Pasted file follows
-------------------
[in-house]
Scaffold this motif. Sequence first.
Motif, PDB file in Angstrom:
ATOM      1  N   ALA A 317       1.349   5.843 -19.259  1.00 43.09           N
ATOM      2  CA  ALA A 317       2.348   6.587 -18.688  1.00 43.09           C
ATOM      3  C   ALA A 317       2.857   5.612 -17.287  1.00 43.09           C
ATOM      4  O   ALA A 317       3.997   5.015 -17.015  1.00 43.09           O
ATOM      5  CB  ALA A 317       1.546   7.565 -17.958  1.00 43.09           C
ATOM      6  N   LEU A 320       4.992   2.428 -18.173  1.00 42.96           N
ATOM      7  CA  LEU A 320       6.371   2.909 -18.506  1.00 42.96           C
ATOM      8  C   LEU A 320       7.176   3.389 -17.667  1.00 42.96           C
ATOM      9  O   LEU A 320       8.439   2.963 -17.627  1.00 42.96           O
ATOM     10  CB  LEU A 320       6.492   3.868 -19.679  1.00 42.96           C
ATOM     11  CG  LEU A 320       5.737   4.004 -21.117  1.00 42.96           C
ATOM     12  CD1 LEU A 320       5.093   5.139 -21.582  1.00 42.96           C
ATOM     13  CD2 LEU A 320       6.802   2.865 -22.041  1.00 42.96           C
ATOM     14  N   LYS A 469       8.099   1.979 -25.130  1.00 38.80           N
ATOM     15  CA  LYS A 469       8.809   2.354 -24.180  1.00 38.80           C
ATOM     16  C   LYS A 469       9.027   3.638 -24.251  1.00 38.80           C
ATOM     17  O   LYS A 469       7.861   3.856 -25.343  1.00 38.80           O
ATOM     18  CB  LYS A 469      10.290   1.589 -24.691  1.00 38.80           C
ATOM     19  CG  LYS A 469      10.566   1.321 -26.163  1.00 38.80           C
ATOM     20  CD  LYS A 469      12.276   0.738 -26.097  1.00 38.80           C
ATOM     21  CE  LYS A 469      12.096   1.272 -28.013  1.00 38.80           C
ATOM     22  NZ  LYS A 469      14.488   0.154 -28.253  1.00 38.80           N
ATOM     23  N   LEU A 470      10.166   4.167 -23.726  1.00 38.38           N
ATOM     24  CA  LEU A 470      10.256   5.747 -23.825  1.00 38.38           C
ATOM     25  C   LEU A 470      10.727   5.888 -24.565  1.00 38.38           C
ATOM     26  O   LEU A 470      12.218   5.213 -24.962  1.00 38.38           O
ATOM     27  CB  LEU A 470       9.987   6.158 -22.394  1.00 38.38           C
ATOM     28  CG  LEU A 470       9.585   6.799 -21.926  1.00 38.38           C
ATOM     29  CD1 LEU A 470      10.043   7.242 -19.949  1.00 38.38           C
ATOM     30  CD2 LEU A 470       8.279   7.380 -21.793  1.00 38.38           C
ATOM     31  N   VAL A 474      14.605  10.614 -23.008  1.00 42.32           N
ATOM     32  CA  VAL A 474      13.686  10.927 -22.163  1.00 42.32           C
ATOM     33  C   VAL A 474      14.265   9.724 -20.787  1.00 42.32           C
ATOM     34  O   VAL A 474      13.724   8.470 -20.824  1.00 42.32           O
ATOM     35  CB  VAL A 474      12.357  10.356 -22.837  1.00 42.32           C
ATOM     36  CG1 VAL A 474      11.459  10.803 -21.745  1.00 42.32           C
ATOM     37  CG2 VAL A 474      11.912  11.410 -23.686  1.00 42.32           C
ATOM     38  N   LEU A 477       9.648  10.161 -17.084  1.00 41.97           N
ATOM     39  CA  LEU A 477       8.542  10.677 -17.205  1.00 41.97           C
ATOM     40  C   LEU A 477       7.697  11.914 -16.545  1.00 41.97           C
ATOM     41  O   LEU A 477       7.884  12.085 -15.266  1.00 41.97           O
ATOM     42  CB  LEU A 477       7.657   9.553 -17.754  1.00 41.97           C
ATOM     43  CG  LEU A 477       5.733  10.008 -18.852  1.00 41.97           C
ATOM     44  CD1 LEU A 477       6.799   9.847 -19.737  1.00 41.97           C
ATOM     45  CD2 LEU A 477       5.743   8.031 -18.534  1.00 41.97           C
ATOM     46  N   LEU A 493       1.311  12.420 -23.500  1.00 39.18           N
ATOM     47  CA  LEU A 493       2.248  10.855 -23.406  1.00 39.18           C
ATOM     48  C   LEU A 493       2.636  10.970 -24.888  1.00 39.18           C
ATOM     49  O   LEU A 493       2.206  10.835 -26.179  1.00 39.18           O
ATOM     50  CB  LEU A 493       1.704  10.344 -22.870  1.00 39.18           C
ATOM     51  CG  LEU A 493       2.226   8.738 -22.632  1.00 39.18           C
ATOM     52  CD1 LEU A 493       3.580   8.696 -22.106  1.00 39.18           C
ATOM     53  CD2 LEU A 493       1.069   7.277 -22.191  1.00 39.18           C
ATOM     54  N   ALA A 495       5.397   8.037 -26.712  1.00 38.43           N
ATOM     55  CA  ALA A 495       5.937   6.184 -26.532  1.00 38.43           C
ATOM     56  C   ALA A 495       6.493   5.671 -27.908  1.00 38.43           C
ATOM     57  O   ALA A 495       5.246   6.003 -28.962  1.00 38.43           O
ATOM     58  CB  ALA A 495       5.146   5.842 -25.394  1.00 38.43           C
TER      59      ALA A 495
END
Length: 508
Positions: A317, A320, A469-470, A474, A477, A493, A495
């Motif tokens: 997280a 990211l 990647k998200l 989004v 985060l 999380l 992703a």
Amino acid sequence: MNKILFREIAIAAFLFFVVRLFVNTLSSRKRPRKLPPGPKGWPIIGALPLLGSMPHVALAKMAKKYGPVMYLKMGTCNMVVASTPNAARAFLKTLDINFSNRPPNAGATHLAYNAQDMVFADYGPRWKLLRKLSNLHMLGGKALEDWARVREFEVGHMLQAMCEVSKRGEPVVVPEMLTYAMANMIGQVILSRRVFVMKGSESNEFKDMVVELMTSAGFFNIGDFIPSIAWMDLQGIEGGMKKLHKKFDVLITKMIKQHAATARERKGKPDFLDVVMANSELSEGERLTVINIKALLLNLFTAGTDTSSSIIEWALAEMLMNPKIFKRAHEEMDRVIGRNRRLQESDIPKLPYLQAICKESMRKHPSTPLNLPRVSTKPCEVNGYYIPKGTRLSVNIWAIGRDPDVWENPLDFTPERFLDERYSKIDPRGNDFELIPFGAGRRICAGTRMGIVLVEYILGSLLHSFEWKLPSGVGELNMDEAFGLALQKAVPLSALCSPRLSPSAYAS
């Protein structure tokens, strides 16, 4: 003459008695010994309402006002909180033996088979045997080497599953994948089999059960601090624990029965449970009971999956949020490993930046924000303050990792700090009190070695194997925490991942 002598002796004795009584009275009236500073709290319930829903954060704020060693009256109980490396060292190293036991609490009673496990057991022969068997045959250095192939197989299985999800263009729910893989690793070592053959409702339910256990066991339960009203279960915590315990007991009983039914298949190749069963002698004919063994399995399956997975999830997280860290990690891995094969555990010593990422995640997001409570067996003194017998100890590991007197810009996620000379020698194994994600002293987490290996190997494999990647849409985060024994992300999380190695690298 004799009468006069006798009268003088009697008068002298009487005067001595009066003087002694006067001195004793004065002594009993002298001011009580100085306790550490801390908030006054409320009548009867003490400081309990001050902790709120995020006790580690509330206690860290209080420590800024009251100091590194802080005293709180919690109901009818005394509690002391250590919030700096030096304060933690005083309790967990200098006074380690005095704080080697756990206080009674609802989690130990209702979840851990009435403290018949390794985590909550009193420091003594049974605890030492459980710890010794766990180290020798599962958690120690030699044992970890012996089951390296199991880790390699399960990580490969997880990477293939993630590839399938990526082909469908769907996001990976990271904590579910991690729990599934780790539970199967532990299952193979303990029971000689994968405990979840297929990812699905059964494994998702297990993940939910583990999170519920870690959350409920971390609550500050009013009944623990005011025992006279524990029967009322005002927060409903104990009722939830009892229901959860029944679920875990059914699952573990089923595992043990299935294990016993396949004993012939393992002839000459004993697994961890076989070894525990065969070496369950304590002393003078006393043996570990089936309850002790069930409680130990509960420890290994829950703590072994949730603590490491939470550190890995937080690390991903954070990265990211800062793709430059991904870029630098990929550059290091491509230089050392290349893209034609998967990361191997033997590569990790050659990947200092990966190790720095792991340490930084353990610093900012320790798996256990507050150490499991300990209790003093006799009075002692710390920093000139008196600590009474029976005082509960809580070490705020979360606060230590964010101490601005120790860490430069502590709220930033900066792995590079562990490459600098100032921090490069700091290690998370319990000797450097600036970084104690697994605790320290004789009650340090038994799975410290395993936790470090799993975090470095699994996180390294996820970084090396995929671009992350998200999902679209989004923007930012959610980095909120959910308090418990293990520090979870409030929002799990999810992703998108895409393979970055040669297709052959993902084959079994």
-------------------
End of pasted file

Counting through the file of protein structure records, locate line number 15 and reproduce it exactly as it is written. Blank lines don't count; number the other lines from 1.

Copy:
ATOM     12  CD1 LEU A 320       5.093   5.139 -21.582  1.00 42.96           C